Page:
President Lincoln: “I will keep my faith… with the black warriors”

Cuyahoga County Soldiers’ and Sailors’ Monument, Cleveland, OH
Cuyahoga County Soldiers’ and Sailors’ Monument, Cleveland, OH
A black soldier takes an oath of allegiance to the United States; Abraham Lincoln offers him freedom and a gun.

Image © Dave Wiegers Photography, see here. Wiegers has done a number of photos of monuments to Abraham Lincoln. 

President Abraham Lincoln freely and openly admitted that his ultimate goal for the Civil War was to preserve the Union, and not to free the slaves. But he determined that to win the war against the Confederates, emancipation had to be used to gain the support of African Americans, specifically, African American slaves living in the South. And so, based on legislation that was passed by Congress, he issued the Emancipation Proclamation on January 1, 1863.

This policy was not popular with everyone in the Union. Lincoln was a member of the Republican Party. Members of the opposition Democratic Party questioned and criticized the use of black men as soldiers. Some suggested that the emancipation policy be scrapped and the slaves returned to their masters; this offer of a “carrot” was intended to convince white southerners to end their rebellion.

But Lincoln was having none of it. In August of 1864, which was a presidential election year, he met at the White House with Alexander W. Randall, a former governor of Wisconsin, and Joseph T. Mills, a Wisconsin judge. Lincoln talked politics and emancipation policy. He derided the Democratic Party for its opposition to emancipation. Per Lincoln, the Democratic Party program could only “result in the dismemberment of the Union.” He referred to the notion of re-enslaving the freedmen to gain white supporters in the South as “conciliation.” This would be disaster, Lincoln said. “Abandon all the posts now possessed by black men, surrender all these advantages to the enemy, & we would be compelled to abandon the war in 3 weeks,” he claimed.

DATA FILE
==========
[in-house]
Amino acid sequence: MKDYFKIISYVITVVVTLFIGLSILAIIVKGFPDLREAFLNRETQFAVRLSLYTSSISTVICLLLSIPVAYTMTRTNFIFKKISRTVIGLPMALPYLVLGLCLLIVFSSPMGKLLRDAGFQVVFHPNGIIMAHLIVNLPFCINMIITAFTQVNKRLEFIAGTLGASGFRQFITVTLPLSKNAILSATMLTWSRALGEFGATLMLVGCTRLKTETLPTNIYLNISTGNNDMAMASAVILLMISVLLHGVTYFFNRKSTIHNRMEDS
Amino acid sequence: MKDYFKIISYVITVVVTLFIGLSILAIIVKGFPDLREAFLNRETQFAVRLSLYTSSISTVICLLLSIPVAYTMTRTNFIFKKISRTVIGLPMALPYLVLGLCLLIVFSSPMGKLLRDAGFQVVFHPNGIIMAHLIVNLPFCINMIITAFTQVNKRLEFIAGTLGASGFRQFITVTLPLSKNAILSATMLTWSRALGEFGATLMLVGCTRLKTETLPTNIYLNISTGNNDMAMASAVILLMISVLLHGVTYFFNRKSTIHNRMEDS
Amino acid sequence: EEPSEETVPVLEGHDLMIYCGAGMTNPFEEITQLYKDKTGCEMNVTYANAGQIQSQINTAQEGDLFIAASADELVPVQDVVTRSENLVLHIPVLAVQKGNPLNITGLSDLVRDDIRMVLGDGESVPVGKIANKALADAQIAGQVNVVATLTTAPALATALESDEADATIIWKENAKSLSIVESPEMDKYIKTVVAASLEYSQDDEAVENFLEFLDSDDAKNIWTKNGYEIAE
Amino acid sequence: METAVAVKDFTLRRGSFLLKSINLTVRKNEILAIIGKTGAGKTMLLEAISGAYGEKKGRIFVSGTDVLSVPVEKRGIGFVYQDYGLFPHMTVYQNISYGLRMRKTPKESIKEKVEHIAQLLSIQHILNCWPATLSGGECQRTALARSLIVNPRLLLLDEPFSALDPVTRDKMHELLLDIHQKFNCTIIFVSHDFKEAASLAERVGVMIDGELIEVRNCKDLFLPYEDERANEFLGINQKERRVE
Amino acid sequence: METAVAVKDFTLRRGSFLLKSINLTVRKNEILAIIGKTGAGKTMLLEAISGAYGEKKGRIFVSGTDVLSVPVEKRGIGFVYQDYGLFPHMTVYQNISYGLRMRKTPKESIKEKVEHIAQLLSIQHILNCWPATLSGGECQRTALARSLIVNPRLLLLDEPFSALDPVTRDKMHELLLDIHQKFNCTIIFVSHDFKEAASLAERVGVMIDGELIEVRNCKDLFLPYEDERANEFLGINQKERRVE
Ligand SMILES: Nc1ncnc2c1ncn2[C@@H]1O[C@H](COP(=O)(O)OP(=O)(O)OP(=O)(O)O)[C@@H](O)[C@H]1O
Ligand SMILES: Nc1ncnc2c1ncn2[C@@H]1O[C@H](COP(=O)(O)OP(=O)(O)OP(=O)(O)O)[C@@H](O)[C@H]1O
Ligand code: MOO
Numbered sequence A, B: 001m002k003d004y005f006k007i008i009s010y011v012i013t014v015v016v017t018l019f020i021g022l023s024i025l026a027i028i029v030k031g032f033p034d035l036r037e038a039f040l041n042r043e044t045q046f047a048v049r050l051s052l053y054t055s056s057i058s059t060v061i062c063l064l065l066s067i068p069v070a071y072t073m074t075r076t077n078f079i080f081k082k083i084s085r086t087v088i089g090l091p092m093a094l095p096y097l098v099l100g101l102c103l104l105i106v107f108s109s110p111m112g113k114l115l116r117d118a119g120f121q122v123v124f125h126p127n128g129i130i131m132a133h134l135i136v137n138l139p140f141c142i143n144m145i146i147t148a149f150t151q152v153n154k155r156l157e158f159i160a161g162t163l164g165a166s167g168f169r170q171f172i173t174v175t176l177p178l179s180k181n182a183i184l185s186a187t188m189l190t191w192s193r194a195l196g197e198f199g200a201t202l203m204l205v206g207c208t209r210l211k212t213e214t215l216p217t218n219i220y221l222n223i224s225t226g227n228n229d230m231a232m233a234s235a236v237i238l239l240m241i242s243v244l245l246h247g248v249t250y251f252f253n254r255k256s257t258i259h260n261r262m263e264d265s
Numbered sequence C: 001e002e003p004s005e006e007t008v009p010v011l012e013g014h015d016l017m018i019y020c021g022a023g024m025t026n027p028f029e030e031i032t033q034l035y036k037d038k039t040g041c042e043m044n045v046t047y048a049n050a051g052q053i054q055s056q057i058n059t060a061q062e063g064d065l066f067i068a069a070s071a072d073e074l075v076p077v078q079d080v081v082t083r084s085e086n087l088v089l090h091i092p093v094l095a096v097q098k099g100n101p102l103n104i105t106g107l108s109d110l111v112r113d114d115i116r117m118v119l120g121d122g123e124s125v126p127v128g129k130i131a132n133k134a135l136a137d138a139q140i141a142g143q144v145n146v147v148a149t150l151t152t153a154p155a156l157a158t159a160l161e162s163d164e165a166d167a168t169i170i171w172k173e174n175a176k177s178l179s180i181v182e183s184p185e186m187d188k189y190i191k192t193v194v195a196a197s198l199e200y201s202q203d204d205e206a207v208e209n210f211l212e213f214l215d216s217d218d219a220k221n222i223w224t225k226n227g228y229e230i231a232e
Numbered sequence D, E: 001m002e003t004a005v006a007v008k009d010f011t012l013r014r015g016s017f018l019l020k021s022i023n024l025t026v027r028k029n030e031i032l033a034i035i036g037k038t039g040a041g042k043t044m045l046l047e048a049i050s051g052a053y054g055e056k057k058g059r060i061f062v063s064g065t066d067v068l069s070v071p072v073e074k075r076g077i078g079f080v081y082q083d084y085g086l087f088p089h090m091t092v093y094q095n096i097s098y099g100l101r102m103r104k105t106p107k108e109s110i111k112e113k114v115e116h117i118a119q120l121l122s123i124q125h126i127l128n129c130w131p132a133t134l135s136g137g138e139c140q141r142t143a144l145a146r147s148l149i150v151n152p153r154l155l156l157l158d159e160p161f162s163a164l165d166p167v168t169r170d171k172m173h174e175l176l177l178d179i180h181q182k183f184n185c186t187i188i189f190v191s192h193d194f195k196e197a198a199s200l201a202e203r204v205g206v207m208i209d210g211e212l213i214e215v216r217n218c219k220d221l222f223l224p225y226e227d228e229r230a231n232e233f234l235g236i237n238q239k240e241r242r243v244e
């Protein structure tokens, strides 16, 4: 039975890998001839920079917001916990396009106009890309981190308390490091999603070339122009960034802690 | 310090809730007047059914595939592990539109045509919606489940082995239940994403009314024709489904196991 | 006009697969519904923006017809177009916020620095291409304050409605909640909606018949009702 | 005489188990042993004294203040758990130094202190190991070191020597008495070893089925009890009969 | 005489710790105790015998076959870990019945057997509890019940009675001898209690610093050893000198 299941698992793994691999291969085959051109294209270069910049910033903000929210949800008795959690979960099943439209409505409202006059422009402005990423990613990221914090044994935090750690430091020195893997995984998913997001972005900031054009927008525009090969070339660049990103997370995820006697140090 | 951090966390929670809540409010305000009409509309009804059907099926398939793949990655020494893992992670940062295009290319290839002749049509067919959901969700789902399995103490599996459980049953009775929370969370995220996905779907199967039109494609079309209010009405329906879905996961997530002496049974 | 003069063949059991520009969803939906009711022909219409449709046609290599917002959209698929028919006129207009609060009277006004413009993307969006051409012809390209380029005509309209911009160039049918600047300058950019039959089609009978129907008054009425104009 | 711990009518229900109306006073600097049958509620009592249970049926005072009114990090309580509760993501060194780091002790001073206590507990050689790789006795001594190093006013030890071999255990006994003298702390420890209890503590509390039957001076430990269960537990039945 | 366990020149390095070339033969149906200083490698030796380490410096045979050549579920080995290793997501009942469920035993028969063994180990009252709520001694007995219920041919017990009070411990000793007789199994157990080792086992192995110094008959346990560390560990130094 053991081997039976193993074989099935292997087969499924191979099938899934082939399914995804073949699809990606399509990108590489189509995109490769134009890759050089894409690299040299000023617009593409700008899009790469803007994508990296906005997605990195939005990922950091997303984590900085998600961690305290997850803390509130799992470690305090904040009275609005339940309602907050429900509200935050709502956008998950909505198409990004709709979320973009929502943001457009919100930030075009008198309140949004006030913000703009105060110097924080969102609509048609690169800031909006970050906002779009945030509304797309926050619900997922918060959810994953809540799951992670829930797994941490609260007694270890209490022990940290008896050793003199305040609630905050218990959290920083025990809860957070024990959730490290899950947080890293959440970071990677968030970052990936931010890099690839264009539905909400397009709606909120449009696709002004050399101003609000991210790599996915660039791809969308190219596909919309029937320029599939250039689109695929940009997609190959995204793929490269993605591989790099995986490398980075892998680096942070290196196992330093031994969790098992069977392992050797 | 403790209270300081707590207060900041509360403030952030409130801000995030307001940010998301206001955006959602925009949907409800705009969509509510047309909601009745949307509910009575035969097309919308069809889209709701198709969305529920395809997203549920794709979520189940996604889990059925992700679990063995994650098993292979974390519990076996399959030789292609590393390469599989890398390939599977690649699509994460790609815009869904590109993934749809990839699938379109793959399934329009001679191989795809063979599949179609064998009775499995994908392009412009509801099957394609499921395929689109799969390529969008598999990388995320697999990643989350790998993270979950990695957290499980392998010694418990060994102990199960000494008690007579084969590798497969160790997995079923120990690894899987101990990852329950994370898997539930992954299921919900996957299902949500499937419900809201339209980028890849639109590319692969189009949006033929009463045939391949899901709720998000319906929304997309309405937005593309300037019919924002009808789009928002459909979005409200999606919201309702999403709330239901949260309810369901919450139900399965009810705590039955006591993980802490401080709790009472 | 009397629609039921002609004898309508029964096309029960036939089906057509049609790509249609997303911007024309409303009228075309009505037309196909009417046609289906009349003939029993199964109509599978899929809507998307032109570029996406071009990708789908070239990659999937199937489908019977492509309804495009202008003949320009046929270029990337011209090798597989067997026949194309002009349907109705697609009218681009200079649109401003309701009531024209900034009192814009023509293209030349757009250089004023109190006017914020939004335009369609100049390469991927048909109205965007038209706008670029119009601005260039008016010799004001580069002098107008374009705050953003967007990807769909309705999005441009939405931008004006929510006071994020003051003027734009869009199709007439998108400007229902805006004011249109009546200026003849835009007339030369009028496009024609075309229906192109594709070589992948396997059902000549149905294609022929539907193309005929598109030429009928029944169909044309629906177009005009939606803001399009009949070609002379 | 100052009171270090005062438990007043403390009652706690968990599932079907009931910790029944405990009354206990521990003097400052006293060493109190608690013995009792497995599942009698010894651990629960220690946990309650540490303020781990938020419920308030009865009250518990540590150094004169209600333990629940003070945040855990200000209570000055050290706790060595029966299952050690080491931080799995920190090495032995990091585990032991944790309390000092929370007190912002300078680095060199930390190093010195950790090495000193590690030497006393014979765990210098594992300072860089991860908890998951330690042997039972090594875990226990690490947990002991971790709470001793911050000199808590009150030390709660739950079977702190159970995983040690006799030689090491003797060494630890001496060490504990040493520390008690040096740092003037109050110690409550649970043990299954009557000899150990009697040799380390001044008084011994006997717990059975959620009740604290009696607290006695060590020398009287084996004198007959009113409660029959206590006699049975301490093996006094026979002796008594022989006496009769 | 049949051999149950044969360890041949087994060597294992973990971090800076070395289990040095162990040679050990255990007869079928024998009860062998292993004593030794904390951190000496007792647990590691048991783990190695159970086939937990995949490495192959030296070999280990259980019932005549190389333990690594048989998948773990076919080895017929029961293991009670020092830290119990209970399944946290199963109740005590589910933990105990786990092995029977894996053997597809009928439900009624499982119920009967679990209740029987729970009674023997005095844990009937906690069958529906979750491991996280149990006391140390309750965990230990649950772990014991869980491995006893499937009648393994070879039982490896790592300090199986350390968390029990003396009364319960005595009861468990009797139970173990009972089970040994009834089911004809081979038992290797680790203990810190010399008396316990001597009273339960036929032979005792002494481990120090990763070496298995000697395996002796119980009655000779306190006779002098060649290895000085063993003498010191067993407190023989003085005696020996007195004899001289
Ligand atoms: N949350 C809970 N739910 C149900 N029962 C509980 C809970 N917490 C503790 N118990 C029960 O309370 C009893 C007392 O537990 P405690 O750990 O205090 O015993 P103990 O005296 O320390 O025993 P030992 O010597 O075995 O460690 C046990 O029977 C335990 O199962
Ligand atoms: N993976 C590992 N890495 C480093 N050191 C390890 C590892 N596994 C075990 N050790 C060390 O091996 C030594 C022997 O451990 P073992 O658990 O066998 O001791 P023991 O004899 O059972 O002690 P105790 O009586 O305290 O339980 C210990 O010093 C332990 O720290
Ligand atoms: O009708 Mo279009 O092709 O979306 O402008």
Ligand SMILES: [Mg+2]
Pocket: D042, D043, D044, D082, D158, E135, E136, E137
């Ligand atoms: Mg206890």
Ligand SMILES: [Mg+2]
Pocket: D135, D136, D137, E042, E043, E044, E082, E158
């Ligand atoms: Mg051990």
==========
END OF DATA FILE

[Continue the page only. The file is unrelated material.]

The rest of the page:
Clearly, Lincoln was keeping aware of the actions of the colored soldiers. He cited the actions of black men at the battles of Port Hudson and Olustee as examples of their service and sacrifice. He pledged that he would not return these “black warriors” to slavery to “conciliate the South.” “I should be damned in time & in eternity for so doing. The world shall know that I will keep my faith to friends & enemies, come what will,” he said. Lincoln was not about to throw black soldiers under the bus. He would keep his promise that African Americans would be “forever free” no matter what the conditions of war or peace.

But Lincoln did not merely feel his emancipation policy was righteous; he believed it was right strategically.  History would prove, he believed, that the Union could not be restored without it. And in this belief, he was unshaken.

This text is excerpted from the diary of Joseph T. Mills, as noted in Volume 7 of the Collected Works of Abraham Lincoln:

My own experience has proven to me, that there is no program intended by the Democratic Party but that will result in the dismemberment of the Union. But Genl McClellan[1] is in favor of crushing out the rebellion, & he will probably be the Chicago (Democratic Party convention) candidate (for president in 1864). The slightest acquaintance with arithmetic will prove to any man that the rebel armies cannot be destroyed with Democratic (Party) strategy. It would sacrifice all the white men of the north to do it. There are now between 1 & 200 thousand black men now in the service of the Union. These men will be disbanded, returned to slavery & we will have to fight two nations instead of one.

I have tried it. You cannot conciliate the South, when the mastery & control of millions of blacks makes them sure of ultimate success. You cannot conciliate the South, when you place yourself in such a position, that they see they can achieve their independence. The war Democrat (Democrats who favored war to preserve the Union) depends upon conciliation. He must confine himself to that policy entirely. If he fights at all in such a war as this he must economise life & use all the means which God & nature puts in his power.